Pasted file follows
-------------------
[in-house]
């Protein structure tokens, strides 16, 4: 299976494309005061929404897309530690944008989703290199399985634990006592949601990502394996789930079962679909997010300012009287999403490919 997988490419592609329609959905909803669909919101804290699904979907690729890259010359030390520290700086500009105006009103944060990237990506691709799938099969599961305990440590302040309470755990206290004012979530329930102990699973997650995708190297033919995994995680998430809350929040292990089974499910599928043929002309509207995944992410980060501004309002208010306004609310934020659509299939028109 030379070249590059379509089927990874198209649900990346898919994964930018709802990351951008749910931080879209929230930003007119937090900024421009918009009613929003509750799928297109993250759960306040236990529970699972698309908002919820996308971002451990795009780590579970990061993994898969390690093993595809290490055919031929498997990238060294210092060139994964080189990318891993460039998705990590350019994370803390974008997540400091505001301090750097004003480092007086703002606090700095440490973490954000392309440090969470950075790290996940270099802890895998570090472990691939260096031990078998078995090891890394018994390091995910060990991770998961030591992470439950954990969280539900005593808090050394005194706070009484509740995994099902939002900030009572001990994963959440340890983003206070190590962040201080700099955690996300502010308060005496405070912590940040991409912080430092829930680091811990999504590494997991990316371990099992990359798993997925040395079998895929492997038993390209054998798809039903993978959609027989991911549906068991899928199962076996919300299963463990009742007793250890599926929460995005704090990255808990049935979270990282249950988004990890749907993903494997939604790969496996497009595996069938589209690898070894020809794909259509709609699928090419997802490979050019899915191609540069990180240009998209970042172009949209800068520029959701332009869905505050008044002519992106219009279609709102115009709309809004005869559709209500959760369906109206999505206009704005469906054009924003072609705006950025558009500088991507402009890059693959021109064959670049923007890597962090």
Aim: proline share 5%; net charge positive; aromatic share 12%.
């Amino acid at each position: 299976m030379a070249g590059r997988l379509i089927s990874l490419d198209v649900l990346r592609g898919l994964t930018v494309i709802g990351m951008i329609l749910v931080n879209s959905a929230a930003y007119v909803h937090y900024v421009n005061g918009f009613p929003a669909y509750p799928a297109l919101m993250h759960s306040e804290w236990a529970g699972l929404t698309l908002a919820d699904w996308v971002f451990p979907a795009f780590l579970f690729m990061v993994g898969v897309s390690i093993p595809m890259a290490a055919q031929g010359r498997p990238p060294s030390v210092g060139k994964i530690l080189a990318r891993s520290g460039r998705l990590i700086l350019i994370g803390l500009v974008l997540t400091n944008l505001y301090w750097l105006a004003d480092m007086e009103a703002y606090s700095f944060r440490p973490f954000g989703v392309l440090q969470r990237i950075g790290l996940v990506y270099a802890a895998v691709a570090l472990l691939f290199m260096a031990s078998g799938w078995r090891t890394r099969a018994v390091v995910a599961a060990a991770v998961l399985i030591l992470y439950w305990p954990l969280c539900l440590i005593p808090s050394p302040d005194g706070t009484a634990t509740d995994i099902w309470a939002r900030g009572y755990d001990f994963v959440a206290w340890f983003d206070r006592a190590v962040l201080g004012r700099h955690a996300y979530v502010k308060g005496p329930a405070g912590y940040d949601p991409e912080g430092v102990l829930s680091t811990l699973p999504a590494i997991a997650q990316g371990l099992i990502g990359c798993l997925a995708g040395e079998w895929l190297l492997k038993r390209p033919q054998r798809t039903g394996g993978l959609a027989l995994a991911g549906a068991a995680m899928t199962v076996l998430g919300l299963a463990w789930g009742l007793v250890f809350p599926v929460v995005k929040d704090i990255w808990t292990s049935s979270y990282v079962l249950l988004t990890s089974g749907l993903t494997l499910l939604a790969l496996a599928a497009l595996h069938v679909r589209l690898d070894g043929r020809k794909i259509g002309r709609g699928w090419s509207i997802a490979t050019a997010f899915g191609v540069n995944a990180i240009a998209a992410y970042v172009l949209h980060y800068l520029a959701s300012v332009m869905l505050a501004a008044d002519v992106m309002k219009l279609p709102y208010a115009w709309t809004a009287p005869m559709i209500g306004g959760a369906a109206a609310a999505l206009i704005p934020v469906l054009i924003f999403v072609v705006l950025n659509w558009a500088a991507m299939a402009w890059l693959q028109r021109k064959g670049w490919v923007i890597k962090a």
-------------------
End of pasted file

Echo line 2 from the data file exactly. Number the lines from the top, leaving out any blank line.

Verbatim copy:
């Protein structure tokens, strides 16, 4: 299976494309005061929404897309530690944008989703290199399985634990006592949601990502394996789930079962679909997010300012009287999403490919 997988490419592609329609959905909803669909919101804290699904979907690729890259010359030390520290700086500009105006009103944060990237990506691709799938099969599961305990440590302040309470755990206290004012979530329930102990699973997650995708190297033919995994995680998430809350929040292990089974499910599928043929002309509207995944992410980060501004309002208010306004609310934020659509299939028109 030379070249590059379509089927990874198209649900990346898919994964930018709802990351951008749910931080879209929230930003007119937090900024421009918009009613929003509750799928297109993250759960306040236990529970699972698309908002919820996308971002451990795009780590579970990061993994898969390690093993595809290490055919031929498997990238060294210092060139994964080189990318891993460039998705990590350019994370803390974008997540400091505001301090750097004003480092007086703002606090700095440490973490954000392309440090969470950075790290996940270099802890895998570090472990691939260096031990078998078995090891890394018994390091995910060990991770998961030591992470439950954990969280539900005593808090050394005194706070009484509740995994099902939002900030009572001990994963959440340890983003206070190590962040201080700099955690996300502010308060005496405070912590940040991409912080430092829930680091811990999504590494997991990316371990099992990359798993997925040395079998895929492997038993390209054998798809039903993978959609027989991911549906068991899928199962076996919300299963463990009742007793250890599926929460995005704090990255808990049935979270990282249950988004990890749907993903494997939604790969496996497009595996069938589209690898070894020809794909259509709609699928090419997802490979050019899915191609540069990180240009998209970042172009949209800068520029959701332009869905505050008044002519992106219009279609709102115009709309809004005869559709209500959760369906109206999505206009704005469906054009924003072609705006950025558009500088991507402009890059693959021109064959670049923007890597962090």